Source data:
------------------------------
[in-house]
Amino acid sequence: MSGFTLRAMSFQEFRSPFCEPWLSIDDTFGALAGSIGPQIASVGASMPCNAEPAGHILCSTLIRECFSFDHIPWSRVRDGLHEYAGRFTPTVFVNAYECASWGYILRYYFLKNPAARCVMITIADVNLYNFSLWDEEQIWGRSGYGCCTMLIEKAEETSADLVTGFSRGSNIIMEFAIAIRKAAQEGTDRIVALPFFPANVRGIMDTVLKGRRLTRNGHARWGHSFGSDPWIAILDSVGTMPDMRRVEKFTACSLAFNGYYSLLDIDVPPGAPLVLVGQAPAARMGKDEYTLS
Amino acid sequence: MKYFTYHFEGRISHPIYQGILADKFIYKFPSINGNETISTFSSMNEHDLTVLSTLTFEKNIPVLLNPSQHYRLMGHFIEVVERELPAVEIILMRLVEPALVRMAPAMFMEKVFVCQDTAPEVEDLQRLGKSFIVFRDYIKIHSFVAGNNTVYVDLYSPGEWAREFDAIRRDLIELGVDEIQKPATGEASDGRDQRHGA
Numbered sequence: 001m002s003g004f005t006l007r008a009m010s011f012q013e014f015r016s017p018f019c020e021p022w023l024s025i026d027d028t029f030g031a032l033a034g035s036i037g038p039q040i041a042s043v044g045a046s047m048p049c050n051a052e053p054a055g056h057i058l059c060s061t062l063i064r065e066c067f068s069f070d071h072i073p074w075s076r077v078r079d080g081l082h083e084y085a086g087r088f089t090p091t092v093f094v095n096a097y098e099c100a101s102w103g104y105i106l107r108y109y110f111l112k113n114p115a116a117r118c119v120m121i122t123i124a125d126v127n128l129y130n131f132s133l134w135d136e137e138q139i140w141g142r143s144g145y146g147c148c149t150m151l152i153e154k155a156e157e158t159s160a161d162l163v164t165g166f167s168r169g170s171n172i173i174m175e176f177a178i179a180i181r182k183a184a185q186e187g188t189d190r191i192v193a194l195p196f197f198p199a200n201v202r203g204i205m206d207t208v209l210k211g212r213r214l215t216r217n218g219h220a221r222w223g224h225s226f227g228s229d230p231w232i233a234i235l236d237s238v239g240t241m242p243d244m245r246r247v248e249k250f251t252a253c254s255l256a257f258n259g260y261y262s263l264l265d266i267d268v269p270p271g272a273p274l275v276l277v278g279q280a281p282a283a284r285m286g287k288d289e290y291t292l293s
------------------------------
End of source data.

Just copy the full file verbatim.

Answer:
[in-house]
Amino acid sequence: MSGFTLRAMSFQEFRSPFCEPWLSIDDTFGALAGSIGPQIASVGASMPCNAEPAGHILCSTLIRECFSFDHIPWSRVRDGLHEYAGRFTPTVFVNAYECASWGYILRYYFLKNPAARCVMITIADVNLYNFSLWDEEQIWGRSGYGCCTMLIEKAEETSADLVTGFSRGSNIIMEFAIAIRKAAQEGTDRIVALPFFPANVRGIMDTVLKGRRLTRNGHARWGHSFGSDPWIAILDSVGTMPDMRRVEKFTACSLAFNGYYSLLDIDVPPGAPLVLVGQAPAARMGKDEYTLS
Amino acid sequence: MKYFTYHFEGRISHPIYQGILADKFIYKFPSINGNETISTFSSMNEHDLTVLSTLTFEKNIPVLLNPSQHYRLMGHFIEVVERELPAVEIILMRLVEPALVRMAPAMFMEKVFVCQDTAPEVEDLQRLGKSFIVFRDYIKIHSFVAGNNTVYVDLYSPGEWAREFDAIRRDLIELGVDEIQKPATGEASDGRDQRHGA
Numbered sequence: 001m002s003g004f005t006l007r008a009m010s011f012q013e014f015r016s017p018f019c020e021p022w023l024s025i026d027d028t029f030g031a032l033a034g035s036i037g038p039q040i041a042s043v044g045a046s047m048p049c050n051a052e053p054a055g056h057i058l059c060s061t062l063i064r065e066c067f068s069f070d071h072i073p074w075s076r077v078r079d080g081l082h083e084y085a086g087r088f089t090p091t092v093f094v095n096a097y098e099c100a101s102w103g104y105i106l107r108y109y110f111l112k113n114p115a116a117r118c119v120m121i122t123i124a125d126v127n128l129y130n131f132s133l134w135d136e137e138q139i140w141g142r143s144g145y146g147c148c149t150m151l152i153e154k155a156e157e158t159s160a161d162l163v164t165g166f167s168r169g170s171n172i173i174m175e176f177a178i179a180i181r182k183a184a185q186e187g188t189d190r191i192v193a194l195p196f197f198p199a200n201v202r203g204i205m206d207t208v209l210k211g212r213r214l215t216r217n218g219h220a221r222w223g224h225s226f227g228s229d230p231w232i233a234i235l236d237s238v239g240t241m242p243d244m245r246r247v248e249k250f251t252a253c254s255l256a257f258n259g260y261y262s263l264l265d266i267d268v269p270p271g272a273p274l275v276l277v278g279q280a281p282a283a284r285m286g287k288d289e290y291t292l293s